Have you ever seen a fish with human teeth? Often mistaken for a piranha, these weird animals are omnivores, eating both plants and meat. The pacu’s square, straight teeth are used mainly to crush nuts and fruits that drop down into Amazonian rivers and streams from the trees above.
But swimmers, beware! These nut-crunching fish have also been rumoured to mistake human testicles for their favourite snacks, earning them the nickname ‘testicle-eating fish’ or ‘ball-cutter fish’. Ouch.
With each eye as big as its brain, the tarsier has the largest eyes in relation to the body size of any mammal. But with such huge eyes, they can’t move them like we can, instead swivelling their whole head 180° like an owl. This helps them silently look for prey, and they’re the only completely carnivorous primate – no plants at all.
And this strategy has proved successful, these weird animals are some of the oldest living primates on the planet, dating back at least 55 million years. This potentially dates them to the Paleocene-Eocene Thermal Maximum (PETM), a time when Earth experienced a sudden, and extreme warming, widely linked to the rise of mammals on Earth.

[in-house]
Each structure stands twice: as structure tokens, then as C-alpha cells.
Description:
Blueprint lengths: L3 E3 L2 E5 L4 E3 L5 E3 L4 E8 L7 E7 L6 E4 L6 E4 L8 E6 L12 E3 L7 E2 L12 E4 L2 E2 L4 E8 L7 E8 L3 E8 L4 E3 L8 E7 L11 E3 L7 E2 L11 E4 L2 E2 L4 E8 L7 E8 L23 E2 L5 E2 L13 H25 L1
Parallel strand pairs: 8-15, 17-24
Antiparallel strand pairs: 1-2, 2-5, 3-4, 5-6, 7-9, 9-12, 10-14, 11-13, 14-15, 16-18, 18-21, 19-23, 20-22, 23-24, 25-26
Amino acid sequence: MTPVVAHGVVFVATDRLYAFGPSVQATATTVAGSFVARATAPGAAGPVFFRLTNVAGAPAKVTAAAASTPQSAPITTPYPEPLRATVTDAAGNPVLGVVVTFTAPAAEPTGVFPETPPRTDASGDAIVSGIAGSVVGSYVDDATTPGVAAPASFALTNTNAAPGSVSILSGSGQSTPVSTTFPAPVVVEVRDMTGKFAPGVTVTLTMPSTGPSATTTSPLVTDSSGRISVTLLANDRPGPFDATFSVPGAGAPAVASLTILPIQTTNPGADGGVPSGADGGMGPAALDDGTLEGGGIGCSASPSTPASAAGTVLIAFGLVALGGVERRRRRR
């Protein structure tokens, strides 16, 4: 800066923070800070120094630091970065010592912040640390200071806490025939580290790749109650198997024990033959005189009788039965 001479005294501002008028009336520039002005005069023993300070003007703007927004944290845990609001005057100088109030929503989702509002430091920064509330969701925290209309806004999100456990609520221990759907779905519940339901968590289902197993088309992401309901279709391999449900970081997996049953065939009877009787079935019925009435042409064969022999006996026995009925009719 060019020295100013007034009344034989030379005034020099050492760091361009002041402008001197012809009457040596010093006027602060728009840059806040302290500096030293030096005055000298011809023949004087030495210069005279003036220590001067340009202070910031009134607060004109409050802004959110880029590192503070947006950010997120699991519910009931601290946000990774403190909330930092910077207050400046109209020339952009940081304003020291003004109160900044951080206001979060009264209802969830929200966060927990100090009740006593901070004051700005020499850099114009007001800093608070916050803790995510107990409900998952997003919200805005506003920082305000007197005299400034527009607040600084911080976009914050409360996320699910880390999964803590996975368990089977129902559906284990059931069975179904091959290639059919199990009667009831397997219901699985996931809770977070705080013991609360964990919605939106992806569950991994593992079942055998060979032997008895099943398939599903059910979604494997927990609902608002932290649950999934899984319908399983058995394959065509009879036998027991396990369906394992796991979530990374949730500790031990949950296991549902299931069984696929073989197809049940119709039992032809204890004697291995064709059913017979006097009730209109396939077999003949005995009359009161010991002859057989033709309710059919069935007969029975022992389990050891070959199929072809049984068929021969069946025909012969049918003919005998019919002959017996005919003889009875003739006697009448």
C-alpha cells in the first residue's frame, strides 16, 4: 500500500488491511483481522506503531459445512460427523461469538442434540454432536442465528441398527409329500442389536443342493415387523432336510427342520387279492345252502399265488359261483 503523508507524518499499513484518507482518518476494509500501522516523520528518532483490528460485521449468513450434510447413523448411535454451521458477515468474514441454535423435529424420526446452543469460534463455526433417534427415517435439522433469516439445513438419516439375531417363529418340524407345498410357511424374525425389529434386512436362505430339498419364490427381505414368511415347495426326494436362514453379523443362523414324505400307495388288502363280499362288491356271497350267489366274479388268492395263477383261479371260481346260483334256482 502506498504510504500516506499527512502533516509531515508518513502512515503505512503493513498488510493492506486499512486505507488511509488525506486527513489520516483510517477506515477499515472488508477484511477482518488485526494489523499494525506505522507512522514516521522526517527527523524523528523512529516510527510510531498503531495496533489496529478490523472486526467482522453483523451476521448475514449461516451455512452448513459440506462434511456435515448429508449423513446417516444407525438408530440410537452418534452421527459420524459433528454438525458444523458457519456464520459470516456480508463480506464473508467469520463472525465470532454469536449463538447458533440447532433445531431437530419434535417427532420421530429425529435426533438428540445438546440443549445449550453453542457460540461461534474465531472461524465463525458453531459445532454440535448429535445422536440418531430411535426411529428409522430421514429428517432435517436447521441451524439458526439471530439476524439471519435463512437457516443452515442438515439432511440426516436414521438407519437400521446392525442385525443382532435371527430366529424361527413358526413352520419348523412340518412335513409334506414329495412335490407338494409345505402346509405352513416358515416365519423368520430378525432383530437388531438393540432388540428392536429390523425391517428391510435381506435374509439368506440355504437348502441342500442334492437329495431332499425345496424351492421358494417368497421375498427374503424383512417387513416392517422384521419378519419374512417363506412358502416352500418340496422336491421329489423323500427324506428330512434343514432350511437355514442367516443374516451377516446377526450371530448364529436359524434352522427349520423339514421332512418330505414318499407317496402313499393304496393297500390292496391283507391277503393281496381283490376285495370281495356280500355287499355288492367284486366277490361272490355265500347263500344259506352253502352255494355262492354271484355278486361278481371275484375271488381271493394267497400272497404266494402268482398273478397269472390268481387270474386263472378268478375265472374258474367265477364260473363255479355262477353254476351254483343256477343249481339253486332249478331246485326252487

No, this isn’t a spider that drops birds, it’s a spider that looks like a bird dropping. Sitting huddled on a leaf during the day, the bird dropping spider uses mimicry to full advantage to fool would-be predators into thinking they’re a fresh pile of poop. But the deception doesn’t end there. At night, this crafty critter will stretch out its forelegs and release a pheromone that lures in unfortunate male moths looking for a mate. Thinking they might be getting lucky, the moth is instead grabbed, providing a tasty meal for this weird animal.
Thistledown velvet ant
Despite the name, this fuzzy little creature is actually a type of wasp. Their flamboyant, fluffy exterior helps disguise these creatures as fallen creosote fruits, fooling would-be predators. Although some scientists have studied the fossil record, hypothesising that the White bristles underwent separate evolutionary developments, as a way to reflect the intense desert heat.
Pucker up! Endemic to the Galápagos Islands, the red-lipped batfish waddles along the seafloor using modified fins as legs, looking like it’s ready for a night on the town. Like many other weird animals, this adaptation may be for the males to attract a mate, although more research is needed.